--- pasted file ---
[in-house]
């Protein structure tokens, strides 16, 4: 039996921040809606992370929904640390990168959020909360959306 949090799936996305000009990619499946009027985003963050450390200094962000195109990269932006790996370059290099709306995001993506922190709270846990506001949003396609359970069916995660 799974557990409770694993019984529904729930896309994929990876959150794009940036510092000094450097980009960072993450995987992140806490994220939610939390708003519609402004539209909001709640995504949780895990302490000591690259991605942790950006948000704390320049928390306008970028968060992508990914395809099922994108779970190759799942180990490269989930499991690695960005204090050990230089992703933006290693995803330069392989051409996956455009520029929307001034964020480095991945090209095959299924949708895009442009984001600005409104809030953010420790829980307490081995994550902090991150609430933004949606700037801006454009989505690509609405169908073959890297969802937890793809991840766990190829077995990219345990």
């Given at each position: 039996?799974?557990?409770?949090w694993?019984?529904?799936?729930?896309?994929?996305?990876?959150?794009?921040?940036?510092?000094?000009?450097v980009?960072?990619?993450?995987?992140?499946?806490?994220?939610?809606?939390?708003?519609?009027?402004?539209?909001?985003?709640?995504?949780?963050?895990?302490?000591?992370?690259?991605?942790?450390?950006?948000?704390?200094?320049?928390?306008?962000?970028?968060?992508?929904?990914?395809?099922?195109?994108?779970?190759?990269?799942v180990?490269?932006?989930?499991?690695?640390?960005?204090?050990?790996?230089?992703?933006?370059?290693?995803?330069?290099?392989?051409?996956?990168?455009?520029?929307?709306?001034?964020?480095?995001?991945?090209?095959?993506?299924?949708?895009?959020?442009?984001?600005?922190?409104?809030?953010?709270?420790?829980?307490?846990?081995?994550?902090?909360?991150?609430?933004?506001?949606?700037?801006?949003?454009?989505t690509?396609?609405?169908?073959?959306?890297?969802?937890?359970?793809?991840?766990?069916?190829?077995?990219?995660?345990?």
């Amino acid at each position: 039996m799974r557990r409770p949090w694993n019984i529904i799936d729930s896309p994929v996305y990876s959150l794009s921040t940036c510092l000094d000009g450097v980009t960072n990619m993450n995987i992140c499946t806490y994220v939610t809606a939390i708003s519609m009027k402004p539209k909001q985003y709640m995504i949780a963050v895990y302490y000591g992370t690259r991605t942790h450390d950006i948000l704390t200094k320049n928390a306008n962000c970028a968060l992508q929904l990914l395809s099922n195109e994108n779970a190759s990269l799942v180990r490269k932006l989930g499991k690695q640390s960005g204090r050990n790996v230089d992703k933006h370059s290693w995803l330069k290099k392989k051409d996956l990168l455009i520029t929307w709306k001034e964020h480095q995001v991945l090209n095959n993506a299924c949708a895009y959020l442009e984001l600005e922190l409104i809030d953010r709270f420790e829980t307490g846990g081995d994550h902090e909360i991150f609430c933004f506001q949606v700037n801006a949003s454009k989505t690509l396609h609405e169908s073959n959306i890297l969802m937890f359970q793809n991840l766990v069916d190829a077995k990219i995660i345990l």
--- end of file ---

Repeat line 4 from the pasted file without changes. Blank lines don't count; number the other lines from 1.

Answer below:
């Amino acid at each position: 039996m799974r557990r409770p949090w694993n019984i529904i799936d729930s896309p994929v996305y990876s959150l794009s921040t940036c510092l000094d000009g450097v980009t960072n990619m993450n995987i992140c499946t806490y994220v939610t809606a939390i708003s519609m009027k402004p539209k909001q985003y709640m995504i949780a963050v895990y302490y000591g992370t690259r991605t942790h450390d950006i948000l704390t200094k320049n928390a306008n962000c970028a968060l992508q929904l990914l395809s099922n195109e994108n779970a190759s990269l799942v180990r490269k932006l989930g499991k690695q640390s960005g204090r050990n790996v230089d992703k933006h370059s290693w995803l330069k290099k392989k051409d996956l990168l455009i520029t929307w709306k001034e964020h480095q995001v991945l090209n095959n993506a299924c949708a895009y959020l442009e984001l600005e922190l409104i809030d953010r709270f420790e829980t307490g846990g081995d994550h902090e909360i991150f609430c933004f506001q949606v700037n801006a949003s454009k989505t690509l396609h609405e169908s073959n959306i890297l969802m937890f359970q793809n991840l766990v069916d190829a077995k990219i995660i345990l």